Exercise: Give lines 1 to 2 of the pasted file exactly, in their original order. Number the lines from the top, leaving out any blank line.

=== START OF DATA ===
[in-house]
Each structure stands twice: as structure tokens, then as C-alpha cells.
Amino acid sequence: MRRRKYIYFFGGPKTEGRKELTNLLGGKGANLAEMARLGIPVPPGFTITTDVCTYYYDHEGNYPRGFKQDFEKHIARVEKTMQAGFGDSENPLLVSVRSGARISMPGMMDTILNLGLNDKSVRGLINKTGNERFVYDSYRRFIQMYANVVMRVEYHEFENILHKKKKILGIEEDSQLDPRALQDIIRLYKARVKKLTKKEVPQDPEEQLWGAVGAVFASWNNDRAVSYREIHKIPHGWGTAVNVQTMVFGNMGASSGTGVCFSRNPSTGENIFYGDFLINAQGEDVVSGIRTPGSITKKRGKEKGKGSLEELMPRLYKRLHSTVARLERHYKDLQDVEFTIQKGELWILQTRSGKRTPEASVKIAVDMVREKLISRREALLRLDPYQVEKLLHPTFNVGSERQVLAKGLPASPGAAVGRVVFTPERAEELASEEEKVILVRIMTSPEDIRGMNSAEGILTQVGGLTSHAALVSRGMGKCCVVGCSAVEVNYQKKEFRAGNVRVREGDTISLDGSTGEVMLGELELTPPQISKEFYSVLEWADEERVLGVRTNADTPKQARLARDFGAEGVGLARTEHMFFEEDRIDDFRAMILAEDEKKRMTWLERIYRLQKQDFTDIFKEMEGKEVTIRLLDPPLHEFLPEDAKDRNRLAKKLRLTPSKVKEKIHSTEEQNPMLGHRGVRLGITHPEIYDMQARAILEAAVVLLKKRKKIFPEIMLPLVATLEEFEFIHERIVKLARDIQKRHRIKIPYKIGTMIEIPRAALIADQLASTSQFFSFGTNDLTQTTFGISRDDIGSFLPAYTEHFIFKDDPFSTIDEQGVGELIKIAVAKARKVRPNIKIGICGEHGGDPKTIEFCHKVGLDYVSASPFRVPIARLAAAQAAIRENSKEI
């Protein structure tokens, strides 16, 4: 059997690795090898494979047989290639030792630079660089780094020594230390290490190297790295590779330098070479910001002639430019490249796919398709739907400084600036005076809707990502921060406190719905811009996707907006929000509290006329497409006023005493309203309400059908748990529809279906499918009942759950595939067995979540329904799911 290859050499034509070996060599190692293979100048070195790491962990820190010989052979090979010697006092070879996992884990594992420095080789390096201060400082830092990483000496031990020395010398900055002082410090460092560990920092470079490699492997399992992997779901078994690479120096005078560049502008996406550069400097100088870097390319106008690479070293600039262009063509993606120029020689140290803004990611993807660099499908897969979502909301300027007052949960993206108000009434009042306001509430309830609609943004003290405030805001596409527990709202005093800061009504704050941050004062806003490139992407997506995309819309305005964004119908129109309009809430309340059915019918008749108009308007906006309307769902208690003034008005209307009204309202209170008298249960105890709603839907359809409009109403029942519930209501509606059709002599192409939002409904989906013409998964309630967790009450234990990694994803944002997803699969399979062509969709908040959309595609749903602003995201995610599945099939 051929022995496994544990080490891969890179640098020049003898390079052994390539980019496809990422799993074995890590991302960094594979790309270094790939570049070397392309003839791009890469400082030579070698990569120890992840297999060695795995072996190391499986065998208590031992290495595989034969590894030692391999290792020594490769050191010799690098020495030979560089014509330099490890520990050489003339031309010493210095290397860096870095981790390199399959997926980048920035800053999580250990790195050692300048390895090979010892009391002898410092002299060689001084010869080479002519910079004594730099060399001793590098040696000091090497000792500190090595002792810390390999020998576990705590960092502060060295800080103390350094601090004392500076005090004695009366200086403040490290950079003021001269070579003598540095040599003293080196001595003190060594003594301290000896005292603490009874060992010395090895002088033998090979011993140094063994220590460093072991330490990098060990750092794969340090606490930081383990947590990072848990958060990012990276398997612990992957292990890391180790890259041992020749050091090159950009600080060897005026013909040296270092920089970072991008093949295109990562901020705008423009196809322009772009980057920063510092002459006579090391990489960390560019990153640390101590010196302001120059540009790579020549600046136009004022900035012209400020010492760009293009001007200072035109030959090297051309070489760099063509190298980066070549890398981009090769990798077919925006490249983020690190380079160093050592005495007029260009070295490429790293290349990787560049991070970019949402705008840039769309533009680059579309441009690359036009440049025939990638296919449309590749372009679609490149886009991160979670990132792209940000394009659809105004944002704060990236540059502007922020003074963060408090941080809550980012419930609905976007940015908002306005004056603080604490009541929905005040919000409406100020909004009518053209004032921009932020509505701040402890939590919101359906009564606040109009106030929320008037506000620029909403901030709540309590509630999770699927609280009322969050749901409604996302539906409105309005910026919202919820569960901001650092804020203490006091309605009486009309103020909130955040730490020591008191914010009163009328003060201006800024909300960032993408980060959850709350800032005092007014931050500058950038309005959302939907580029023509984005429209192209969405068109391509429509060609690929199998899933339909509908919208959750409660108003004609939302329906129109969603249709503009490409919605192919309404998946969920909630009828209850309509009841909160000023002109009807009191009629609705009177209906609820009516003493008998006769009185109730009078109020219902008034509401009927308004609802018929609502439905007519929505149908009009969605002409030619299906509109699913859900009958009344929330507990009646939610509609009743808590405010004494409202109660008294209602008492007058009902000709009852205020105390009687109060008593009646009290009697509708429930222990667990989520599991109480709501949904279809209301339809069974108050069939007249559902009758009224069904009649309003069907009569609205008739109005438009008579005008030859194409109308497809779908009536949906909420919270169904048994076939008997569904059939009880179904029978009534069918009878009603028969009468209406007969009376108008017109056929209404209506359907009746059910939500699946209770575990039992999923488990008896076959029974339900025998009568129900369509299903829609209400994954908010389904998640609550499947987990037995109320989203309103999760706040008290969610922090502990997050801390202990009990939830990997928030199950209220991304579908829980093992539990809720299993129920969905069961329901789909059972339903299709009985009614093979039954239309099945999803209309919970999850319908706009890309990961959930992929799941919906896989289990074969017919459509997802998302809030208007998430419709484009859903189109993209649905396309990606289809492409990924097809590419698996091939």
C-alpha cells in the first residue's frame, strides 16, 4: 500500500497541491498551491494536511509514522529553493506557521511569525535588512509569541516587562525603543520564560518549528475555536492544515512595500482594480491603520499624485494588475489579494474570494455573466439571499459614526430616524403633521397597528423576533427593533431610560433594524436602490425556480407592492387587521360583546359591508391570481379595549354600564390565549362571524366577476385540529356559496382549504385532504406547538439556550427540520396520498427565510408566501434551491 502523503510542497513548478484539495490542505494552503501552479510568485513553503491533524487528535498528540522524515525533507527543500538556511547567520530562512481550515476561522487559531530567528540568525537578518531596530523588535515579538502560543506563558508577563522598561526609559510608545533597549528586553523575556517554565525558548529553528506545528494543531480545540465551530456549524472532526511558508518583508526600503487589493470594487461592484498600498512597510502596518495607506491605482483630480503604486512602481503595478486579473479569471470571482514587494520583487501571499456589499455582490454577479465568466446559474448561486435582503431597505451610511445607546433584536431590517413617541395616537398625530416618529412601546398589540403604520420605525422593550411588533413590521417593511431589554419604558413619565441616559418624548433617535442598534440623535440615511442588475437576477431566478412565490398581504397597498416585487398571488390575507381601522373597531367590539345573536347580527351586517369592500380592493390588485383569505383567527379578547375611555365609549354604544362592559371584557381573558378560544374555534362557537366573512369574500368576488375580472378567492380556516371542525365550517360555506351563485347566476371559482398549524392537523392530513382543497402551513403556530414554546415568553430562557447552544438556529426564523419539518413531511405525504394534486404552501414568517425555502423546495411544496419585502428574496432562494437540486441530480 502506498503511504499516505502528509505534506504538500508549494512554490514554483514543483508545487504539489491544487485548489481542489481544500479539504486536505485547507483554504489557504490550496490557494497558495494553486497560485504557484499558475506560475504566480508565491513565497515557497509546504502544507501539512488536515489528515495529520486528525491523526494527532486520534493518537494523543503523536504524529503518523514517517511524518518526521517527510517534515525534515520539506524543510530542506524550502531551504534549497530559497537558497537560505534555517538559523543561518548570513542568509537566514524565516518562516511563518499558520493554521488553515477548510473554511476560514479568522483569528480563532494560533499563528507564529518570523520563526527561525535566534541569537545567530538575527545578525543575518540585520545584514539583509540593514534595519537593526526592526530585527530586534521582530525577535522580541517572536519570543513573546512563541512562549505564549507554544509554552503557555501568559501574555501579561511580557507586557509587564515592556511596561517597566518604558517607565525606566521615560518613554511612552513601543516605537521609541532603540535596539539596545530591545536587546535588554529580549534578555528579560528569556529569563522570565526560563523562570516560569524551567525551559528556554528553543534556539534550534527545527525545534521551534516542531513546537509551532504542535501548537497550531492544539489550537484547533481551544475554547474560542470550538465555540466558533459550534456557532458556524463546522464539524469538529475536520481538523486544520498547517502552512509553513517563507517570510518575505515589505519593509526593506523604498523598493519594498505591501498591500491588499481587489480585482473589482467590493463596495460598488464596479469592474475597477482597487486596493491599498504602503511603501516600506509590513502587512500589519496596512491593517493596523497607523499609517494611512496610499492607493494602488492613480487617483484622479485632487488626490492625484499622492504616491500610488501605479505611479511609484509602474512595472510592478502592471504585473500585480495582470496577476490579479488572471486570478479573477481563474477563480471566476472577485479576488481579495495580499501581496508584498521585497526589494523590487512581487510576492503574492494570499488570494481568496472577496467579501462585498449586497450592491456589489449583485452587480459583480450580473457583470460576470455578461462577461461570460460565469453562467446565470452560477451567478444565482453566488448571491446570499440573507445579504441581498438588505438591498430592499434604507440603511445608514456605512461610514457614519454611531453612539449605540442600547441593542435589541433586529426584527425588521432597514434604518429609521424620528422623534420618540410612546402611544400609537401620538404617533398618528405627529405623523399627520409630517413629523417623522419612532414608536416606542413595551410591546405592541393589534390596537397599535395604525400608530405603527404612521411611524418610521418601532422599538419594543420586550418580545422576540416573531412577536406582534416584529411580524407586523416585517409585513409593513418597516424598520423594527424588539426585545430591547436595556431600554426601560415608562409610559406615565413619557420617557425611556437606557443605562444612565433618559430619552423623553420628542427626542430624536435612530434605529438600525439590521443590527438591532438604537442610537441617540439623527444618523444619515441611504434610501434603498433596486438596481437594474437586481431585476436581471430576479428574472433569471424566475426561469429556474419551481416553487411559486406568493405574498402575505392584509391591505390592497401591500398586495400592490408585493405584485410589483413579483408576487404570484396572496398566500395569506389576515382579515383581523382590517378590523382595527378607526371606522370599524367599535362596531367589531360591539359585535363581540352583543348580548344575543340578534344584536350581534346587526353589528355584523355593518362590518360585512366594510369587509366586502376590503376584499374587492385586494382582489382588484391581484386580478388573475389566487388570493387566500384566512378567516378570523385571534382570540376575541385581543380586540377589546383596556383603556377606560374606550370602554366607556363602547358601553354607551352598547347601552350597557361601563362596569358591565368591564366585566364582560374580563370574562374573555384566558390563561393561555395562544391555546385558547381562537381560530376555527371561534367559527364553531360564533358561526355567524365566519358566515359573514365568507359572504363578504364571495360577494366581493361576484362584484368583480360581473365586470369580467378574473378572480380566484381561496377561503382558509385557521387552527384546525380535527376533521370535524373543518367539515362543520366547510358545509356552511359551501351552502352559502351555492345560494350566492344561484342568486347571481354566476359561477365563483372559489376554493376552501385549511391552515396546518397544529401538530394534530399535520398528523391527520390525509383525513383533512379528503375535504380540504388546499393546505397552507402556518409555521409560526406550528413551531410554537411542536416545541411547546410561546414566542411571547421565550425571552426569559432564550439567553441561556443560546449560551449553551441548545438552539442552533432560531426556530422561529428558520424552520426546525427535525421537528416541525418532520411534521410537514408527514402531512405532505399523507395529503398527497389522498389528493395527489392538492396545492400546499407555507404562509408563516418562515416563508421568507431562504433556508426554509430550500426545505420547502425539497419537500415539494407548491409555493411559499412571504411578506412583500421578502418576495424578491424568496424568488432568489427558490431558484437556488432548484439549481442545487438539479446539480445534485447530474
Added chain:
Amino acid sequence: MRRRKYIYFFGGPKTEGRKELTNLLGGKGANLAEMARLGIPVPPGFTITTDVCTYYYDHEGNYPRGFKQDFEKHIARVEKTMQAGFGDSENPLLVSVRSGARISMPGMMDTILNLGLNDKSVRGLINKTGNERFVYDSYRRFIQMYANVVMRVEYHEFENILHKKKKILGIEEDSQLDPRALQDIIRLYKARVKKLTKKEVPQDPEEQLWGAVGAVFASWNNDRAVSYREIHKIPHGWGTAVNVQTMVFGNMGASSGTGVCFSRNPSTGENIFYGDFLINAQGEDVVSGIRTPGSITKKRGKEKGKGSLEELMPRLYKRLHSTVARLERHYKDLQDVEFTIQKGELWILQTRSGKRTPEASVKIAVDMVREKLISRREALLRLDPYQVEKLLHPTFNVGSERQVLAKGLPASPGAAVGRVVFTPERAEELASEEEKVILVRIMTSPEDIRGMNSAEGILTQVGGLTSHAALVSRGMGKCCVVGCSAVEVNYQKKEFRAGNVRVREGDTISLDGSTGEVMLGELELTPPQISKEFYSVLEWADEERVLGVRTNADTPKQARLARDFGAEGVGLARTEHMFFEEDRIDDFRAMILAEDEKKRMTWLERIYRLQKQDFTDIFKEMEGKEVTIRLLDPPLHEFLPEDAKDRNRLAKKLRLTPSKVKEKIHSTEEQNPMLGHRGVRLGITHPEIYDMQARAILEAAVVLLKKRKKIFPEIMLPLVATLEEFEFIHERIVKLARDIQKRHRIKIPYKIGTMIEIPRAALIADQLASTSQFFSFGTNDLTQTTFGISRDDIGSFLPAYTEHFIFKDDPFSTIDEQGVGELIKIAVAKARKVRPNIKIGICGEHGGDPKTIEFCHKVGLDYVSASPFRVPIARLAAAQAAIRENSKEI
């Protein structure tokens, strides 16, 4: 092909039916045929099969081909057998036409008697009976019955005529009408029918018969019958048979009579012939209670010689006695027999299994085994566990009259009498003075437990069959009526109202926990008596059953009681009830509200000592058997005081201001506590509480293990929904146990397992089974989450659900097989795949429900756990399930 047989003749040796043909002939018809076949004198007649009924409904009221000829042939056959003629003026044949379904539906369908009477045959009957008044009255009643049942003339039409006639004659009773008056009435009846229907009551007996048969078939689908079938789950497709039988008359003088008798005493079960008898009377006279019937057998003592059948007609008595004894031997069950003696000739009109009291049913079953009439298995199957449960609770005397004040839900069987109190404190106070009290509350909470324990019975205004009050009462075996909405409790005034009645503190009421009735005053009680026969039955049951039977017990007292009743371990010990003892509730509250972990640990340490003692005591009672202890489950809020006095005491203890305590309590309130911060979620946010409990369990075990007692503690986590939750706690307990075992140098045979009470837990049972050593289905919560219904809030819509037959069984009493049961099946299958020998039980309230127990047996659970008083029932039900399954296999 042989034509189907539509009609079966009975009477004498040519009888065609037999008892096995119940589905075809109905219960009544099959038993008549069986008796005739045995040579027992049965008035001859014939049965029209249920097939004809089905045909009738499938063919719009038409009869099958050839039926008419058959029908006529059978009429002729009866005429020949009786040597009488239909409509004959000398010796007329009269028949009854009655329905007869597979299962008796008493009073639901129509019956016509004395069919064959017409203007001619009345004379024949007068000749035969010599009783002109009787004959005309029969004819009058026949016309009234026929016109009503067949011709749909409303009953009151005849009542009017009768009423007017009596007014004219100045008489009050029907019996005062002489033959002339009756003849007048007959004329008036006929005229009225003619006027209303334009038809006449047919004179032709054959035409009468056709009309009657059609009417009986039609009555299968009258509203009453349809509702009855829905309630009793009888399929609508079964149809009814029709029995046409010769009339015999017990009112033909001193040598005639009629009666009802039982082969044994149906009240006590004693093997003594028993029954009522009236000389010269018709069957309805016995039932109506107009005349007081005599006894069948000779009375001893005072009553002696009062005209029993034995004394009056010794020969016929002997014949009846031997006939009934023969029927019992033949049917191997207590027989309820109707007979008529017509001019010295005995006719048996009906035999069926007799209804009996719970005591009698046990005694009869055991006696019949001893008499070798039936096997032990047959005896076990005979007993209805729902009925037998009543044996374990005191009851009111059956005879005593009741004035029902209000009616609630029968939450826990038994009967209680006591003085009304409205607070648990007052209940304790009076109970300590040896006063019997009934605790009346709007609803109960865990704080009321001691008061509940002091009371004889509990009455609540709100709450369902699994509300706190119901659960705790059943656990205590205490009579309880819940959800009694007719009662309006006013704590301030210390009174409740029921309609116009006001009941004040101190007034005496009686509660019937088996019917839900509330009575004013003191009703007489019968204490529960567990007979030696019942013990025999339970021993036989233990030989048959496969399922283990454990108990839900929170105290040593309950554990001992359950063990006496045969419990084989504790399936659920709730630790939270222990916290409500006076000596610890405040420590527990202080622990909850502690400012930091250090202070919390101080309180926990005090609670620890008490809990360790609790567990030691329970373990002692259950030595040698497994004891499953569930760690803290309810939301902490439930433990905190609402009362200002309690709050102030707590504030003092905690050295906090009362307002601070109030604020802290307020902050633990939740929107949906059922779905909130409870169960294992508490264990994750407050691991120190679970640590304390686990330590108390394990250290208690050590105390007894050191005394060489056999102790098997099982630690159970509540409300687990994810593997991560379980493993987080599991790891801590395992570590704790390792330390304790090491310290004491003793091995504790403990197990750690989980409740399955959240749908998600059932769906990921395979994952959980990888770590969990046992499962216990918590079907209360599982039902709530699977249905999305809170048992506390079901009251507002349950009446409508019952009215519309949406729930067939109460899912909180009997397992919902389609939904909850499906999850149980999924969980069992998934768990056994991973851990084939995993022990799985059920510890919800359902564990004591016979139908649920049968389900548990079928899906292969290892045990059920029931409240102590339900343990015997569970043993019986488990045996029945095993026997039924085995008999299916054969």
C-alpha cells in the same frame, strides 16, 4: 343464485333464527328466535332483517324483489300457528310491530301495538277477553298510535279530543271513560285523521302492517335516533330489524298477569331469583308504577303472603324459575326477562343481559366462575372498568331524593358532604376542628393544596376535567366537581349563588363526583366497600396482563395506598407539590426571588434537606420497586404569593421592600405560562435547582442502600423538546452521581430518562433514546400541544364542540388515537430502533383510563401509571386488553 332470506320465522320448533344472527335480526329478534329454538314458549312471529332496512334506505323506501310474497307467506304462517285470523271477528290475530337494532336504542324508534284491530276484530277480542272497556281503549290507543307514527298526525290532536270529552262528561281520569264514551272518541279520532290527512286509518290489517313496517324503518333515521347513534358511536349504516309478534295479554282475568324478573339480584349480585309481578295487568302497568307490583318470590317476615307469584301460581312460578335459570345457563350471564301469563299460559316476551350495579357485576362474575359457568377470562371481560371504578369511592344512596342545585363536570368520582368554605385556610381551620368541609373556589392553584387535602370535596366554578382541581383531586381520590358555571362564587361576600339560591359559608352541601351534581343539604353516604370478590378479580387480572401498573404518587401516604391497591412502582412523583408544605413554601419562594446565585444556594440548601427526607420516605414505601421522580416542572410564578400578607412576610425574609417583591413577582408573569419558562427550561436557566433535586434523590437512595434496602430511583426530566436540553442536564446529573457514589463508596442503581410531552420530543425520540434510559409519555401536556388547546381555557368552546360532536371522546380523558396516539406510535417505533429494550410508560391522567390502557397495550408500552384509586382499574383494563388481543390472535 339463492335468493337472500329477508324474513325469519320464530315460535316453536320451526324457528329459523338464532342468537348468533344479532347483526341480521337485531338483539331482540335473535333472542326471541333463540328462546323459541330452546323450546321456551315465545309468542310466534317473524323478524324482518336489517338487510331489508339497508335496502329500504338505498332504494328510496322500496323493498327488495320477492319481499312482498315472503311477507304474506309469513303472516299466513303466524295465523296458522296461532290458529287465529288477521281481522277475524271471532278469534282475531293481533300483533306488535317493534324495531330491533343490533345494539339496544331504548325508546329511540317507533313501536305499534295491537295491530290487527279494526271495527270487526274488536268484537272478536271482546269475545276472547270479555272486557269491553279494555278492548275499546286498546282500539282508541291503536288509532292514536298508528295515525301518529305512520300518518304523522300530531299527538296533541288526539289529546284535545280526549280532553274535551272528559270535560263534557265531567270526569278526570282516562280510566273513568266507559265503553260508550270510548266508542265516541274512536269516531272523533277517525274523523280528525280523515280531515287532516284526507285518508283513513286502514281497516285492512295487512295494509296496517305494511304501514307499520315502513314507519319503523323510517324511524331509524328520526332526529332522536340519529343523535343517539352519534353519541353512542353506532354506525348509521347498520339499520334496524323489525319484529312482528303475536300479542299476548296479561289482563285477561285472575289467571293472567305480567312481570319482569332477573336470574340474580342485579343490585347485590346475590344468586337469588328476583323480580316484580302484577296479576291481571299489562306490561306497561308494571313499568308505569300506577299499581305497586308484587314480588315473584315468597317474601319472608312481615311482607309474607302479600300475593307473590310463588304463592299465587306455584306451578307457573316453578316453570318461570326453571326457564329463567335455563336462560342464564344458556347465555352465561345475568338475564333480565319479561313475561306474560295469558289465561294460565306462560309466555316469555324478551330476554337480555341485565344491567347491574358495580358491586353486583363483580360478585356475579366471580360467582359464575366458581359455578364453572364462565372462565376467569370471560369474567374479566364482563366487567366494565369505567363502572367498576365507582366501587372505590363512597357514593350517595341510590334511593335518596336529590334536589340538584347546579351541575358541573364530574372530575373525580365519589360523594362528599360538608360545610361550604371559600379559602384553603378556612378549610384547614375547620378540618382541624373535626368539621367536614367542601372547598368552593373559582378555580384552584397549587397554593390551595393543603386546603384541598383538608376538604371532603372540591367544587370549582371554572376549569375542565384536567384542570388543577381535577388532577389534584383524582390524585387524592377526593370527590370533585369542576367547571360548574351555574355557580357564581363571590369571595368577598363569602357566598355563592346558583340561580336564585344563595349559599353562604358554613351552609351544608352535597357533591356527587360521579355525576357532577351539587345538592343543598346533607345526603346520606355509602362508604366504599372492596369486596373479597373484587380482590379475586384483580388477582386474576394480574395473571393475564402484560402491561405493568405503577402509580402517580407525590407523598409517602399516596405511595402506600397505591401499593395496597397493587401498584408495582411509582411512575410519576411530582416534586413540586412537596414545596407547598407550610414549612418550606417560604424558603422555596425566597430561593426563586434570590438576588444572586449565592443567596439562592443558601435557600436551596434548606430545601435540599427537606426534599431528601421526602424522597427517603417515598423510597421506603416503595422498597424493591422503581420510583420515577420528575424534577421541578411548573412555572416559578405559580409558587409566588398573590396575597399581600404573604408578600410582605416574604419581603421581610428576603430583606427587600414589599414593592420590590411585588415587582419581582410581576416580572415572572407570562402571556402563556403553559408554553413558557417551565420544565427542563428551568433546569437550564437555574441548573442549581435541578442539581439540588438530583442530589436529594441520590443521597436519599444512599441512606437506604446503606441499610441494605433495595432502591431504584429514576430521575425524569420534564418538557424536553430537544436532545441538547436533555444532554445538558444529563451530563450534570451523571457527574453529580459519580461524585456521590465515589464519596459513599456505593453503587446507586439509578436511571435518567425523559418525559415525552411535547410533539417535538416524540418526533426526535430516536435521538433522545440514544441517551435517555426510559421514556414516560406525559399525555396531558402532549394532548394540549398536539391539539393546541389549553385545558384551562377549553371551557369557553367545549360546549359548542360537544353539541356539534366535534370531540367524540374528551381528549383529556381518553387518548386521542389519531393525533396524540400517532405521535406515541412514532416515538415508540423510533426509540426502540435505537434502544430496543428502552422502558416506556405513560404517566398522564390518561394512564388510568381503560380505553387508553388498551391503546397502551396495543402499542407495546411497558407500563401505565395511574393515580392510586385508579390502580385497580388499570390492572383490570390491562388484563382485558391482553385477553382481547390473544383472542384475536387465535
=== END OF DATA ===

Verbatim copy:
[in-house]
Each structure stands twice: as structure tokens, then as C-alpha cells.